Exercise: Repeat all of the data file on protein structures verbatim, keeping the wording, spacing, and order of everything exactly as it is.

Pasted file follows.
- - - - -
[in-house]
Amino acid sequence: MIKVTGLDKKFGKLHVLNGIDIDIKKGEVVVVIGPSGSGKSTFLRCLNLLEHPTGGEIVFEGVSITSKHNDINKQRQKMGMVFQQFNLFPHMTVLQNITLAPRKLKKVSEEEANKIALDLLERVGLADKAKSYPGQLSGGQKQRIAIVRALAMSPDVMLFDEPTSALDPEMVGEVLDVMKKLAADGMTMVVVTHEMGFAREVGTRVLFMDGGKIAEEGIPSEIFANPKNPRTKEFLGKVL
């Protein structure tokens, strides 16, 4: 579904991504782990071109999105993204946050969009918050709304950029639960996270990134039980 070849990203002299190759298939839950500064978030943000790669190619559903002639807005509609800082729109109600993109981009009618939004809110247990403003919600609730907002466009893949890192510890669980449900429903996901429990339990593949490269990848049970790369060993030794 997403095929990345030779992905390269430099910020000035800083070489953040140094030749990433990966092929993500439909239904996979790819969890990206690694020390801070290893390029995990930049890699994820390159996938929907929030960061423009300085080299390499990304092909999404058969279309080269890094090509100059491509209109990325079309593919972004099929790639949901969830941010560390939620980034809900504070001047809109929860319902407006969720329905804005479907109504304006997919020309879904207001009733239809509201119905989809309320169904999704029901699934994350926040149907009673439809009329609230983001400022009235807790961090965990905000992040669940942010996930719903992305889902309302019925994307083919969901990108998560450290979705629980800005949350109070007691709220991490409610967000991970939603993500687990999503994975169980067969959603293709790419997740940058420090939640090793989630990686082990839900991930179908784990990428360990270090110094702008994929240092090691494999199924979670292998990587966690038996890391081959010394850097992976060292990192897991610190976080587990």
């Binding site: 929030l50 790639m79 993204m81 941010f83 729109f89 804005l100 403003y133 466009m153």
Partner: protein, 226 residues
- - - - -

[in-house]
Amino acid sequence: MIKVTGLDKKFGKLHVLNGIDIDIKKGEVVVVIGPSGSGKSTFLRCLNLLEHPTGGEIVFEGVSITSKHNDINKQRQKMGMVFQQFNLFPHMTVLQNITLAPRKLKKVSEEEANKIALDLLERVGLADKAKSYPGQLSGGQKQRIAIVRALAMSPDVMLFDEPTSALDPEMVGEVLDVMKKLAADGMTMVVVTHEMGFAREVGTRVLFMDGGKIAEEGIPSEIFANPKNPRTKEFLGKVL
């Protein structure tokens, strides 16, 4: 579904991504782990071109999105993204946050969009918050709304950029639960996270990134039980 070849990203002299190759298939839950500064978030943000790669190619559903002639807005509609800082729109109600993109981009009618939004809110247990403003919600609730907002466009893949890192510890669980449900429903996901429990339990593949490269990848049970790369060993030794 997403095929990345030779992905390269430099910020000035800083070489953040140094030749990433990966092929993500439909239904996979790819969890990206690694020390801070290893390029995990930049890699994820390159996938929907929030960061423009300085080299390499990304092909999404058969279309080269890094090509100059491509209109990325079309593919972004099929790639949901969830941010560390939620980034809900504070001047809109929860319902407006969720329905804005479907109504304006997919020309879904207001009733239809509201119905989809309320169904999704029901699934994350926040149907009673439809009329609230983001400022009235807790961090965990905000992040669940942010996930719903992305889902309302019925994307083919969901990108998560450290979705629980800005949350109070007691709220991490409610967000991970939603993500687990999503994975169980067969959603293709790419997740940058420090939640090793989630990686082990839900991930179908784990990428360990270090110094702008994929240092090691494999199924979670292998990587966690038996890391081959010394850097992976060292990192897991610190976080587990």
């Binding site: 929030l50 790639m79 993204m81 941010f83 729109f89 804005l100 403003y133 466009m153």
Partner: protein, 226 residues